• Proverbs 30: 18

Three things are too wonderful for me;
four I do not understand:
the way of an eagle in the sky,
the way of a snake on a rock,
the way of a ship on the high seas,
and the way of a man with a girl.

  • Mary Oliver: “Sing, if you can sing, and if not still be musical inside yourself.”
  • a prayer for friends, for their happiness and peace



August 20, 2016

Somebody somewhere has written that “all men are created equal.” I didn’t write it; I am unable to parse the sentence.

At simple face value, even if we change the word “men” to “persons,” the sentence could be interpreted as follows: at the time of birth, all 7,000,000,000 of us on this planet share a like portion of being human.  Whatever that would mean.

I am far more inclined to believe that all persons do not come into this world at a similar starting line. Even if I could be convinced that the starting line is more or less “fair,” I know that in hours, no, in seconds, the equality will have vanished.

Some individuals are born with more power and privilege and opportunity. Others are born with traits that favor their gaining power and privilege and opportunity. The result — there is a huge difference, a vast difference in the amount of power and privilege and opportunity found even by the time a child enters the first grade.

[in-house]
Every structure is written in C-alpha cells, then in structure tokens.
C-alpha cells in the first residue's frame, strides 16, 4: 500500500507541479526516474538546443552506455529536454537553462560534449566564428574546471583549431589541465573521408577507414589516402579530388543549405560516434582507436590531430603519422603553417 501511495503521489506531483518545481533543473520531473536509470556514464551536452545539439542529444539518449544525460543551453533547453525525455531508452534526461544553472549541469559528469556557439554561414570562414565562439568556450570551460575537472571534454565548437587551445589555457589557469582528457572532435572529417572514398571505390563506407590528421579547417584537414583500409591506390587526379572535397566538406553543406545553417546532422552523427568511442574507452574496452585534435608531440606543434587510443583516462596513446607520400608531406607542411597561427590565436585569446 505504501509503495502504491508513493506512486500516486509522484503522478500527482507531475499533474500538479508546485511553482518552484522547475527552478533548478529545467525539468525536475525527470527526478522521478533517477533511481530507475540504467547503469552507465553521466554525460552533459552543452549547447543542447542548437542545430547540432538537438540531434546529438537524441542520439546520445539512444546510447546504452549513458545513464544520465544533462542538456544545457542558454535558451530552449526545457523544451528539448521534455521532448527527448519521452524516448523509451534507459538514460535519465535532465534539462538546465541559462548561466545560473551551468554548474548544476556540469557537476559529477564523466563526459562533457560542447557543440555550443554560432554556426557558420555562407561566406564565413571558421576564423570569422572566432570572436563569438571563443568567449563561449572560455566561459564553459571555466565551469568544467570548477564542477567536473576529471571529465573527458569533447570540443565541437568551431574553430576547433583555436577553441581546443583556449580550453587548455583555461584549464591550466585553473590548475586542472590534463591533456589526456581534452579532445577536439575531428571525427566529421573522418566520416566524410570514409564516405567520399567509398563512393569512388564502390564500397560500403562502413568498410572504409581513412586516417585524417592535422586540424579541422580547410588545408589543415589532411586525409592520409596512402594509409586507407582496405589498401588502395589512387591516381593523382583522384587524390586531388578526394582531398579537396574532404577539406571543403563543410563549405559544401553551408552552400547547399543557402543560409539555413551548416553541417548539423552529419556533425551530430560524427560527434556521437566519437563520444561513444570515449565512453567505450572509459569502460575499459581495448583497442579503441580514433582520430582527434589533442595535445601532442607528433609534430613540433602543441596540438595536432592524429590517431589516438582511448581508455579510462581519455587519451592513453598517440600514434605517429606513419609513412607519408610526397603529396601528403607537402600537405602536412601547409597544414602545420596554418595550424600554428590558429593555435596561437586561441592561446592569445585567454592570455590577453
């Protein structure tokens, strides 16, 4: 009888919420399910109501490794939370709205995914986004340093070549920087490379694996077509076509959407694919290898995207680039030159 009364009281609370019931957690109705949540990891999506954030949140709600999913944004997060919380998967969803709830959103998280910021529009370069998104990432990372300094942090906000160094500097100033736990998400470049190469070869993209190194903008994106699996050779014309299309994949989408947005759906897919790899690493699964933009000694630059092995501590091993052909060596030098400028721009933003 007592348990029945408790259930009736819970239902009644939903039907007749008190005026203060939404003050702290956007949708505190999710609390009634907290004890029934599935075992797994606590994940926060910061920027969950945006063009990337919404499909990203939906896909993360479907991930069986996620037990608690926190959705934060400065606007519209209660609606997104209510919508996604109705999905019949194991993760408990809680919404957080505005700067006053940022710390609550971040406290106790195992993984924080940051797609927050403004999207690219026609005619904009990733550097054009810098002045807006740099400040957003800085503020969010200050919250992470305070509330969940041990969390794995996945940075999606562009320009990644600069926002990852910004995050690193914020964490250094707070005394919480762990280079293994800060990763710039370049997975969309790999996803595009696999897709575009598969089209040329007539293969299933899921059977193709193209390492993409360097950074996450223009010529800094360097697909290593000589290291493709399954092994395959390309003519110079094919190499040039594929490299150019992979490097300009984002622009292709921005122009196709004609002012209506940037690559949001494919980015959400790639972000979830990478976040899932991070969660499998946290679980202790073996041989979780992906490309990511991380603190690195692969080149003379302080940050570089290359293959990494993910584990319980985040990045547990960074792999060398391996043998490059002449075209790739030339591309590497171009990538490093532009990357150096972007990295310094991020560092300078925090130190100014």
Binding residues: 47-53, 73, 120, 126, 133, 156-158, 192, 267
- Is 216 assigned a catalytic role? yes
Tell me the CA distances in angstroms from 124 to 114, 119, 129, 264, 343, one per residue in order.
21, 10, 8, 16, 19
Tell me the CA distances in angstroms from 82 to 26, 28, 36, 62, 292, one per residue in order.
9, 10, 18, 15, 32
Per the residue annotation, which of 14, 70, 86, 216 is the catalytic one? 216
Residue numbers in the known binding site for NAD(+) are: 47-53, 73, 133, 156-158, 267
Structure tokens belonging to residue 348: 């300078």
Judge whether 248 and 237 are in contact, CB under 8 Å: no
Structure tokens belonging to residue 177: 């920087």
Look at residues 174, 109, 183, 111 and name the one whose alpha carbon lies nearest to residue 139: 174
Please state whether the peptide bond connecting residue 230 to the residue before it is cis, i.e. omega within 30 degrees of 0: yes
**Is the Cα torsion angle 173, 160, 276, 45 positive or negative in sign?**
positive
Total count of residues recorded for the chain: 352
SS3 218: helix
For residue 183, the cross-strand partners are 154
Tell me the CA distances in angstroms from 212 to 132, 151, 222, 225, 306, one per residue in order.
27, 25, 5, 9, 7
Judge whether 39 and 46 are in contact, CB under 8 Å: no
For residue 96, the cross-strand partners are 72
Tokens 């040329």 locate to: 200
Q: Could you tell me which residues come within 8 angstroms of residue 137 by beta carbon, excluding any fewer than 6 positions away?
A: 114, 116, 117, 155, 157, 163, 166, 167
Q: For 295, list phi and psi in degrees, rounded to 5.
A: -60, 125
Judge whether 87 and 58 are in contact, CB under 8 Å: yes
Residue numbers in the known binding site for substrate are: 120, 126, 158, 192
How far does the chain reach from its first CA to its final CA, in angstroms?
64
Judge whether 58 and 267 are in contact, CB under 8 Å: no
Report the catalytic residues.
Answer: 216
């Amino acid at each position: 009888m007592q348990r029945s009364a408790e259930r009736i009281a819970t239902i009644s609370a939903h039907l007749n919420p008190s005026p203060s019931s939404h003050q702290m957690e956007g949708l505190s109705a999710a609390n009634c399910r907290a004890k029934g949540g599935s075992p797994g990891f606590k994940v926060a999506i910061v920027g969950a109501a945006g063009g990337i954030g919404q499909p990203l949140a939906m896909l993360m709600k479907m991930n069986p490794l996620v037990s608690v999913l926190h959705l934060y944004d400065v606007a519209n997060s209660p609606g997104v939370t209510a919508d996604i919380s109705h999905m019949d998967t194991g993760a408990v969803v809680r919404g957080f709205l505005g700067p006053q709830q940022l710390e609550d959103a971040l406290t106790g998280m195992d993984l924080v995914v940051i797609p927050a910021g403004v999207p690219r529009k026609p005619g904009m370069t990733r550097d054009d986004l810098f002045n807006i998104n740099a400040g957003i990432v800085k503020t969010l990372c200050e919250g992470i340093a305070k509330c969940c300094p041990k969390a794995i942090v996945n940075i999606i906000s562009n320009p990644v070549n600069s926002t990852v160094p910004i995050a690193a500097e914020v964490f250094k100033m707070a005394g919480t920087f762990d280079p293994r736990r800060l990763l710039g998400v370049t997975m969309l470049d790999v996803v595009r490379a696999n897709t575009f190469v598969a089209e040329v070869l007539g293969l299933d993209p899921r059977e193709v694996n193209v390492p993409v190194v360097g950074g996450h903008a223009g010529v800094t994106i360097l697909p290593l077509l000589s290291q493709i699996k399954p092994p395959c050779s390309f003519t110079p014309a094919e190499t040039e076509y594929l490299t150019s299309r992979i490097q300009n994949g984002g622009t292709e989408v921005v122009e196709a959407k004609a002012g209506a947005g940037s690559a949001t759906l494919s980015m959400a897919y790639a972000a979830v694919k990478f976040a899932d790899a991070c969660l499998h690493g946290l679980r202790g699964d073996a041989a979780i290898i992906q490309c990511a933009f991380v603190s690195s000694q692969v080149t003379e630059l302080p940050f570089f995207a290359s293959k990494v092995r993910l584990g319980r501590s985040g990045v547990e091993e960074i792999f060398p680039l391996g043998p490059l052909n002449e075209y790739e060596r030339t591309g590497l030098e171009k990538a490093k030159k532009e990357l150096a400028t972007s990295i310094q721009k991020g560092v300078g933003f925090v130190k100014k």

The three terms power and privilege and opportunity pertain to a vast array of particulars: money, political position, gender, race, clan, religious affiliation, educational level, occupation, native country, personality traits, health care and many additional criteria. They make a level playing field impossible to build and maintain.

To prove a point may I suggest that you are selected in a random sample of 100 people from out of the world’s 7,000,000,000.  You are gathered together in an open field and there are asked to make a line — to stand in a line — from the least powerful/privileged to the most. Where do you think you would fit?

And what shall you make of this position?

Decision time?

August 19, 2016

A grand nephew of mine recently noted in Facebook that he faced a big decision. I happily encouraged him to be grateful for decision time and the opportunities that come his way. He could say the same to me because we are taking a look at options for senior living.

The typical options for people like us?

  • stay put in a 19,000 square foot, paid-for house
  • sell, buy a smaller place
  • sell, go into a rental
  • sell, enter a continuing care retirement community (CCRC)

I know of folks who have selected each of these options. Their experience assumes me that there isn’t just one right way for everybody.

Out of the question for us are these.

  • buy a nice condo downtown
  • buy a duplex with another senior couple
  • move into an Amish-style dawdy house

Because each senior must search for the answer that seems best, I find myself searching for counsel, making financial calculations, reviewing our respective personal interests and … ruminating. May I not be grateful for decision-making time?